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ContinuousWave: Post-Classic Whalers
Additional Fuel Filter for Verado
|Author||Topic: Additional Fuel Filter for Verado|
posted 12-04-2005 07:45 PM ET (US)
I have always used a water separating Racor filter between any built-in fuel tank and the engines internal fuel filter. I have recently bought one to install in the spring on my 235 Conquest with 250 Verado, but seem to remember someone noting that this is not a good idea and that Mercury does not recommend an external filter with the Verado. Opinions, information?
posted 12-04-2005 08:14 PM ET (US)
I use external racor filters on my YamaMerc 225 efi 4-strokes with good results. The filters are rated 60 gph max and the engine may burn 30 gph max so any restriction on fuel flow is minimal.
I was told not to install external filters on my previous boat which had a 225 Optimax as the fuel pump on the Optimax was barely adequate for the job.
I don't know if this advice would apply to Verado engines. Hopefully Mercury has designed this engine with an adequate fuel pump.
The Mercury under cowl spin on filter does a good job as long as the filter element is changed during the 100 hour maintanence cycle. My Optimax without an external filter went 800 hours boating here in Mexico without a fuel related problem. I was careful where I fueled but the pump gas here is not as good as that in the U.S.
posted 12-04-2005 08:23 PM ET (US)
I would check with BW. If your boat did not come with one factory rigged, you don't need one. I do think I read somewhere that an external filter is specifically not recommended on the Verado. Too much restriction in the fuel flow, or something like that.
The YamaMerc 225 is a different animal, and not a Mercury product at all, except for a better soundproofing cowl design.
posted 12-04-2005 08:24 PM ET (US)
Mercury is mostly concerned about possible fuel restriction due to external filters, fittings, and distribution hoses of improper size.
The Verado manual does not specifically state that you can't use a boat mounted filter, but they highly recommend that you use 3/8 in. inside diameter lines along with a "dedicated" fuel pickup for each engine (in the case of duals).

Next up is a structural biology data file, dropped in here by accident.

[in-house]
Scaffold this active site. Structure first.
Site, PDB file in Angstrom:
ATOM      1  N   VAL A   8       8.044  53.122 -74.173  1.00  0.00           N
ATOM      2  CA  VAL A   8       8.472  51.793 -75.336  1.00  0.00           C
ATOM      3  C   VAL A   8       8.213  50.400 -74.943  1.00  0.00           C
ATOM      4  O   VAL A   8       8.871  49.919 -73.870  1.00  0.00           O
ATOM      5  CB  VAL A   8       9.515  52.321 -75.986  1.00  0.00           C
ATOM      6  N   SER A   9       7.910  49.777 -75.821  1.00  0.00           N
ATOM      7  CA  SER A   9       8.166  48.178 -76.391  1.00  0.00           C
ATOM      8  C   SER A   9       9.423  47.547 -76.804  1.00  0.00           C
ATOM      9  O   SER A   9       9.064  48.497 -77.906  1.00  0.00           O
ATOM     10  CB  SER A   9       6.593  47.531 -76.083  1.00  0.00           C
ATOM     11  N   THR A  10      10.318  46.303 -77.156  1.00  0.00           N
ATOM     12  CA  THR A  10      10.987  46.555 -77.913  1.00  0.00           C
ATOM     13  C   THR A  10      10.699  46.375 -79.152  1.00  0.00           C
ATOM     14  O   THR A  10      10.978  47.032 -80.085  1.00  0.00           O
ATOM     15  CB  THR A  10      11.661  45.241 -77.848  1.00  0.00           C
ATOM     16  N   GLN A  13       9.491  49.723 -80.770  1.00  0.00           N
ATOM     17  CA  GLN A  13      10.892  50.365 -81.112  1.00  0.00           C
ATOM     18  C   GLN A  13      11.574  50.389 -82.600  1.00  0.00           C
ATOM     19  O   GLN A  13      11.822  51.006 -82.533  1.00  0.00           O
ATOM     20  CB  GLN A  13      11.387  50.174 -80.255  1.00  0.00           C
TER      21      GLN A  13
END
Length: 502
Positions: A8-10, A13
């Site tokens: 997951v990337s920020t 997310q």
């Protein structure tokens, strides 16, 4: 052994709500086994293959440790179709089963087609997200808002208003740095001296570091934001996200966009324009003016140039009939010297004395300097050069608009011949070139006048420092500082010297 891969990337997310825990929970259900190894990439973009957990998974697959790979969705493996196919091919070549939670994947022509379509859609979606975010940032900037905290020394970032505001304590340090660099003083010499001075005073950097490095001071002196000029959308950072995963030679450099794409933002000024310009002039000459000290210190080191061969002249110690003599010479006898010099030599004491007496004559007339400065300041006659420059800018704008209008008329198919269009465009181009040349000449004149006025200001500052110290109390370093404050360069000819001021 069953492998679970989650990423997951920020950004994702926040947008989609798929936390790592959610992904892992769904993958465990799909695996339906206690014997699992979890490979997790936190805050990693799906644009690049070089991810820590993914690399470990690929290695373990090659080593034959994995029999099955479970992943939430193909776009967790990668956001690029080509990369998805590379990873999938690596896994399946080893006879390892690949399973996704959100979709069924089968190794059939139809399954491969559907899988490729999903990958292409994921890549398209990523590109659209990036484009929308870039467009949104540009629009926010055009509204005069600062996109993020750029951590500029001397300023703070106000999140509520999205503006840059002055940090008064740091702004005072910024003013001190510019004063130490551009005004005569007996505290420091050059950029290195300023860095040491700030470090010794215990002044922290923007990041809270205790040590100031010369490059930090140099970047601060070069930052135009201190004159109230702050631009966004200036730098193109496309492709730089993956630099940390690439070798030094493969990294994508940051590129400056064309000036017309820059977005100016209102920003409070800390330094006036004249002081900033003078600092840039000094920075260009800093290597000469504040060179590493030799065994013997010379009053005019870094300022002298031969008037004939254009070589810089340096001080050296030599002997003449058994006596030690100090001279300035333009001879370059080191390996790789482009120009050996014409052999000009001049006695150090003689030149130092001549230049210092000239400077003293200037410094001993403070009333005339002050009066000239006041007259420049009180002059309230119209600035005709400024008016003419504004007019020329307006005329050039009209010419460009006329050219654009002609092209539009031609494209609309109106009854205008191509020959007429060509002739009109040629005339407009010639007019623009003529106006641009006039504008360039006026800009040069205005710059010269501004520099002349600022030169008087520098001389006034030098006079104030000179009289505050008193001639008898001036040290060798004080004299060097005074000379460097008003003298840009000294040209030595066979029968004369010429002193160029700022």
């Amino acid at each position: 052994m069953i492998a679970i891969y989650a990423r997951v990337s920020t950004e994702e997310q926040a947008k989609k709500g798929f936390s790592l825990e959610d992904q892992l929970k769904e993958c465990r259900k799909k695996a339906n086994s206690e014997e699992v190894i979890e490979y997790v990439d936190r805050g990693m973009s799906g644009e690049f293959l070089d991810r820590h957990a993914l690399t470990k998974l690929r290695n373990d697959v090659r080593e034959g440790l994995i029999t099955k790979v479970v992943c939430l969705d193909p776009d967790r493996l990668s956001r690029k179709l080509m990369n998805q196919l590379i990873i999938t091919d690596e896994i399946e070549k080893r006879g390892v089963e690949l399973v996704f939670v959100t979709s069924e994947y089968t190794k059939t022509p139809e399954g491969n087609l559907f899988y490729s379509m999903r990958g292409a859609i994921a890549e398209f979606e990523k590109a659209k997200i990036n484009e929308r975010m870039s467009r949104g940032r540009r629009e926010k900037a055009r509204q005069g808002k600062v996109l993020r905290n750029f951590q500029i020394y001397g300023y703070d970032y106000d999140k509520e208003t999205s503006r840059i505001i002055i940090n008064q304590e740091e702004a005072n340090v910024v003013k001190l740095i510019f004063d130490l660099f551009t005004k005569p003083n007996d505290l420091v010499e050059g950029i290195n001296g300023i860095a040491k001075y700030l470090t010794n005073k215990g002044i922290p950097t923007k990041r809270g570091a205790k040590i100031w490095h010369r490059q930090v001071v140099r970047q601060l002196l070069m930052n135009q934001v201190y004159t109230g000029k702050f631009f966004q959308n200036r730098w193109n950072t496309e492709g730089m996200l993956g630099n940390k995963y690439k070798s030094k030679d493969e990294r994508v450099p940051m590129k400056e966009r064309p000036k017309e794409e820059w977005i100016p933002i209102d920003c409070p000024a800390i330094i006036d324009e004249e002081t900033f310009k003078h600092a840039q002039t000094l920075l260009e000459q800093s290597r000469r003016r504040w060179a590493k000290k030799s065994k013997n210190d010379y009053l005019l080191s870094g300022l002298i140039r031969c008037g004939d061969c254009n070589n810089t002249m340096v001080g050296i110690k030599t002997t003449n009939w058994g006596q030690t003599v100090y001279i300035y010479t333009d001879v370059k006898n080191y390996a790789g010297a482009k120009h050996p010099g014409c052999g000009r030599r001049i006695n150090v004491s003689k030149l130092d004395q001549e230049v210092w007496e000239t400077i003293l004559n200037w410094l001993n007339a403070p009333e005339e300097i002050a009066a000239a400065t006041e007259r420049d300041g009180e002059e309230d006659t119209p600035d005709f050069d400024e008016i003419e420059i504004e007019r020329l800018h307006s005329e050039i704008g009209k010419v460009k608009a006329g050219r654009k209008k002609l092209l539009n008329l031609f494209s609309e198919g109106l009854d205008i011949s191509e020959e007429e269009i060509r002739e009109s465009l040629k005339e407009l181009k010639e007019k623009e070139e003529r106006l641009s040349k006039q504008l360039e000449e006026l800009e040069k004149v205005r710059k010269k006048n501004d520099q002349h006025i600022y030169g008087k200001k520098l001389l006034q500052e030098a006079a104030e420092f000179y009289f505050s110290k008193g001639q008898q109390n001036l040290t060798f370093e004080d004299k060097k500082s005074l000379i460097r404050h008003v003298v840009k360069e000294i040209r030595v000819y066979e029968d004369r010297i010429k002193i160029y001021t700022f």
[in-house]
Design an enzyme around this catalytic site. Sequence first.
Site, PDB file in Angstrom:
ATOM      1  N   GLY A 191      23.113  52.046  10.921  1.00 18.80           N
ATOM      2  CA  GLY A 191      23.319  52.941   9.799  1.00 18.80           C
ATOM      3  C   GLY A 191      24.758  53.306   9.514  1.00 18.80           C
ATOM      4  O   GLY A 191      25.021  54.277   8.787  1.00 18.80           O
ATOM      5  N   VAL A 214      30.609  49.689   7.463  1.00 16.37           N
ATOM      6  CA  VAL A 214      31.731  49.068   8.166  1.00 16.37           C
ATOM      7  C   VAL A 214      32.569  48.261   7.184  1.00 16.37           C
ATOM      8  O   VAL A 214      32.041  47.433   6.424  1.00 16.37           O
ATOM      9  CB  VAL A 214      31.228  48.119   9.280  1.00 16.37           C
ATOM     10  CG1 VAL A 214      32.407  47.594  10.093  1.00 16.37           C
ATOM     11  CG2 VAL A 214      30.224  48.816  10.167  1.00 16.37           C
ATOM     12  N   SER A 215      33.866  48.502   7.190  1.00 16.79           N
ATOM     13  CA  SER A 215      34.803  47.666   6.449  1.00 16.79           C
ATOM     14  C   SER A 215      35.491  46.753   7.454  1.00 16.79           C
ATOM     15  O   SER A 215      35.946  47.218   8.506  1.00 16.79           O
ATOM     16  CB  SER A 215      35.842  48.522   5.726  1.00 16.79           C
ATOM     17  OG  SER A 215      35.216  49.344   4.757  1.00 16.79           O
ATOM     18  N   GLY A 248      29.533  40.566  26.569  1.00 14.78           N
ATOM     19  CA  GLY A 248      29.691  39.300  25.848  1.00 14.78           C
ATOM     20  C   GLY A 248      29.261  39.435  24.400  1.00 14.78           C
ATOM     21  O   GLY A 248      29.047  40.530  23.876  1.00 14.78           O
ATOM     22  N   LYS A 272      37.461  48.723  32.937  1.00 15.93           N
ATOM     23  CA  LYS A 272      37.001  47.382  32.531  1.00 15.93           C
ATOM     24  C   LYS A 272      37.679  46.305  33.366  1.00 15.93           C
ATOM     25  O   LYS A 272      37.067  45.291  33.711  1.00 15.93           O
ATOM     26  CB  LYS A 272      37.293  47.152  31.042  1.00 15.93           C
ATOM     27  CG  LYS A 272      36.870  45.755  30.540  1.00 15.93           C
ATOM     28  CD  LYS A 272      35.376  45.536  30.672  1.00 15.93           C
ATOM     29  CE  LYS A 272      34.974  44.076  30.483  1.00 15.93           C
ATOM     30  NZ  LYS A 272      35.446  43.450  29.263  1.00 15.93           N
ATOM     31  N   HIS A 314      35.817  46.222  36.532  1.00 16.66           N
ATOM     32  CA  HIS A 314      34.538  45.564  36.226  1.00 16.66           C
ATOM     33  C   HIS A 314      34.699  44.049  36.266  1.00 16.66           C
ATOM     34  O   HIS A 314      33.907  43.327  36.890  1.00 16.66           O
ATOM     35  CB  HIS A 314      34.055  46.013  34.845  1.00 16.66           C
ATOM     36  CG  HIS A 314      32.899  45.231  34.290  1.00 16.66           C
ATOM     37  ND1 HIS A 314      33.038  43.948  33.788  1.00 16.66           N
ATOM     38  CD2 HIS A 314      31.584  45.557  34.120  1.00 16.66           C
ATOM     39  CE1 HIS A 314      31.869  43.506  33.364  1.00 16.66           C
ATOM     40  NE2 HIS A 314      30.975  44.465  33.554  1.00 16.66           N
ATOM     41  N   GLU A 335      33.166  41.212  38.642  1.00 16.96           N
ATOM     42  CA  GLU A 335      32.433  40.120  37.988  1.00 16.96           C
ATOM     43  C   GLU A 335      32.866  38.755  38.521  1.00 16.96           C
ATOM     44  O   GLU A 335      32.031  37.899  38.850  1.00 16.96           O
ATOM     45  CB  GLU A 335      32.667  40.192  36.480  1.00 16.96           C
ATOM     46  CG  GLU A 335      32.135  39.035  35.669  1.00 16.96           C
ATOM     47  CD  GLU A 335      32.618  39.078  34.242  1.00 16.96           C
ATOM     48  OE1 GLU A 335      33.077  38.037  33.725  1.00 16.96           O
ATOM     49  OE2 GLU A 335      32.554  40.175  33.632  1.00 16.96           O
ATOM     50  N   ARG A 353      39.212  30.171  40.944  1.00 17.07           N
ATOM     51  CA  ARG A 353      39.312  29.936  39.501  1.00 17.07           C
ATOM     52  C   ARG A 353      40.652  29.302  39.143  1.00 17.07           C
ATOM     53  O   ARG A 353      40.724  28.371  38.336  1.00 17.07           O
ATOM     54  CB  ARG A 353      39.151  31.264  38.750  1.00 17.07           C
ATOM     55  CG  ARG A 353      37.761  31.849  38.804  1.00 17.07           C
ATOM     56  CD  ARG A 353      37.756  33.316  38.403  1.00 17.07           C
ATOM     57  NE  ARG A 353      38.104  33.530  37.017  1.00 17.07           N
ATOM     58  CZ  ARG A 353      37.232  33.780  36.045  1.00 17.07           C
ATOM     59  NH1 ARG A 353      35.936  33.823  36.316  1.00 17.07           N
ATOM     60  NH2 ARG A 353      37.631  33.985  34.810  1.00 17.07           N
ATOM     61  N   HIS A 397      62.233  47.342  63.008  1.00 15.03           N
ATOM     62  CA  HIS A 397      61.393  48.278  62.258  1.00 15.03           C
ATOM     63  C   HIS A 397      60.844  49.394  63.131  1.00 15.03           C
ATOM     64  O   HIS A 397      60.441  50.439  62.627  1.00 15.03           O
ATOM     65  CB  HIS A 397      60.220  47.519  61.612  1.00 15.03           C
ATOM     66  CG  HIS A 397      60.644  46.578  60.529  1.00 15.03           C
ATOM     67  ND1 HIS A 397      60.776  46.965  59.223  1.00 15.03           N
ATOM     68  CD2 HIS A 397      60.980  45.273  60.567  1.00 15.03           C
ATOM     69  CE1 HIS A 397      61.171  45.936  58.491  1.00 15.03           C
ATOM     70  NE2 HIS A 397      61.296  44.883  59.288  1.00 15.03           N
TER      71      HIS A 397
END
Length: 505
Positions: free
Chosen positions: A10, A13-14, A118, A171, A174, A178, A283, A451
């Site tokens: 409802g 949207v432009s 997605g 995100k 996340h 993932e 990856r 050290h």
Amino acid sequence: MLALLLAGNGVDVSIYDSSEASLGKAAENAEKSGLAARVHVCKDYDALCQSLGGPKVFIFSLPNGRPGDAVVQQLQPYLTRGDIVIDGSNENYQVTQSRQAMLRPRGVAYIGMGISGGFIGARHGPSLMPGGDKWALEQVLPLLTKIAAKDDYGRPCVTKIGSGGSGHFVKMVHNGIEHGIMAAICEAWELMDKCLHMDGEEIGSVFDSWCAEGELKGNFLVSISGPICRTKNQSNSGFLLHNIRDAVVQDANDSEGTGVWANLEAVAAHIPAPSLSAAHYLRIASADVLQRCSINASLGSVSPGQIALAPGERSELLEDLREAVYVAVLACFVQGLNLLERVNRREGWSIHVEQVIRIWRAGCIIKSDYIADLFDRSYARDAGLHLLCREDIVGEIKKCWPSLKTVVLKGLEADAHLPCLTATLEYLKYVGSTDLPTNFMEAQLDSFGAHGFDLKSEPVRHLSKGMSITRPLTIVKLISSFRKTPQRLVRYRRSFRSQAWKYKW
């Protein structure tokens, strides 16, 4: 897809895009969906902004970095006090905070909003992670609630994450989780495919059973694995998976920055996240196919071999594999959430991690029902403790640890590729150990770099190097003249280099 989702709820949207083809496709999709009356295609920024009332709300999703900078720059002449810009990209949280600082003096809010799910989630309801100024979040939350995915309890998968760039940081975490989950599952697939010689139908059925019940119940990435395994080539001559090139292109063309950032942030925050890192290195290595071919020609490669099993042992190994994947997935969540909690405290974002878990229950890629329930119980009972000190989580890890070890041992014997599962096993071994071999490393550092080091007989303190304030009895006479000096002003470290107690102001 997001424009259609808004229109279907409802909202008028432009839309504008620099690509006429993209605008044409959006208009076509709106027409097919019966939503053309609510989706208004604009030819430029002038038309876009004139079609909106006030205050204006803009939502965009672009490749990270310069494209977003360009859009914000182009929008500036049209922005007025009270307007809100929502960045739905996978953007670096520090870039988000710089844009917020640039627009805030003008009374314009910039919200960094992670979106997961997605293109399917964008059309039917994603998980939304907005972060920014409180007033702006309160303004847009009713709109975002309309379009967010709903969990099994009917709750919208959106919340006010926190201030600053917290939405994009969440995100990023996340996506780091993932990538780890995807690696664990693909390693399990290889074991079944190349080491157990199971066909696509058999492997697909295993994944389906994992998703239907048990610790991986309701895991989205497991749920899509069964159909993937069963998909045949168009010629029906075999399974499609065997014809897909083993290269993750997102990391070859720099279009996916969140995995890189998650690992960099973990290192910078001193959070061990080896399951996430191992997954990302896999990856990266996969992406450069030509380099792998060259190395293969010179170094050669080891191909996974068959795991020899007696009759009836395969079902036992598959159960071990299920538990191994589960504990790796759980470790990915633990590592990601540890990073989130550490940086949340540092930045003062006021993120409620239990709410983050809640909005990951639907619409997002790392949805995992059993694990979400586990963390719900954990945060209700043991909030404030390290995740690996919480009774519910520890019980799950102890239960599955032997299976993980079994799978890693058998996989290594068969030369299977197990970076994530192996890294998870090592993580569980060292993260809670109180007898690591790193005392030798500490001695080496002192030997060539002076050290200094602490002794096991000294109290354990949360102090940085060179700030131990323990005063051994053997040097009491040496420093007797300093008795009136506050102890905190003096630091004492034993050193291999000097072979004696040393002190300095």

The engine mounted fuel filter system does provide a warning system for water in the fuel. The engine has both a low pressure 2 micron filter and a high pressure 20 micron filter.
If it were my boat, I would still want a Racor and locate it where I could easily open the tap on the bottom for easy and frequent check for debris and water. The engine mounted filter must first be depressurized (messy) and the filter element removed for inspection/replacement.
posted 12-04-2005 08:32 PM ET (US)
Most folks would agree 20 microns would let crap flow like a syph. Racors provide 10 microns.
posted 12-04-2005 08:43 PM ET (US)
I just did some further reading of the 4 cylinder Verado manual and it says "do not install an accessory electric fuel pump or a FUEL LINE PRIMER BULB into the fuel system of this engine".
If you were to install a Racor between the engine and the fuel tank, how are you to "re-prime" it after you drain it for inspection? This could cause a problem. Maybe we really shouldn't need a boat mounted water seperator/fuel filter on Verado powered boats. (strange that the 6 cylinder Verado manual does not have this same warning in it. Maybe Merc learned something in the first year of the Verado and the newer 4 cylinder models are benefiting from the "experience").
posted 12-05-2005 08:07 AM ET (US)
Thanks for all the feedback. sosmerc: I agree, no matter what filters the engine provides internally I always like to ensure my tank is feeding it clean, water free fuel, so adding a Racor (or similar) filter should (IMHO) never create a problem. I also hate to have to wait until Smartcraft tells me I have water in the fuel, and then pull the cowling off at sea to drain it. A Racor allows me to inspect for water through the sight bowl periodically, and easily drain it through the bottom draincock.
As far as priming the system, I assume that while the post-fuel pump system under the engine cowl may stay pressurized, the pre-pump side does not. Otherwise, how would you start the engine on a new installation, if you run out of fuel, etc?
In my 235, the fuel line from the tank pickup to the engine runs across the face of a transverse panel under a convenient deck hatch near the stern, and it would be a natural to bolt a correctly sized Racor right there with no increase in hose length or need for right angle adapters.
I'll check on the Verado site and with Mercury and see if I can find anything definitive. My concern with Merc is that they will simply say "if we didn't provide, it you don't need it", an approach I don't necessarily agree with.
Since I believe that over time many of us here will have to deal with Verados on new Whalers, I'll report back whatever I find out. Thanks again, all!
posted 12-10-2005 06:42 PM ET (US)
Hi BarryGreen !
Can you do me a favor? I don't have a Verado here to check for myself, or I would. I am trying to find out who makes the fuel injectors on the Verado. If it's not too difficult, could you look at your injectors and see if there are any names or numbers visible on the injector?
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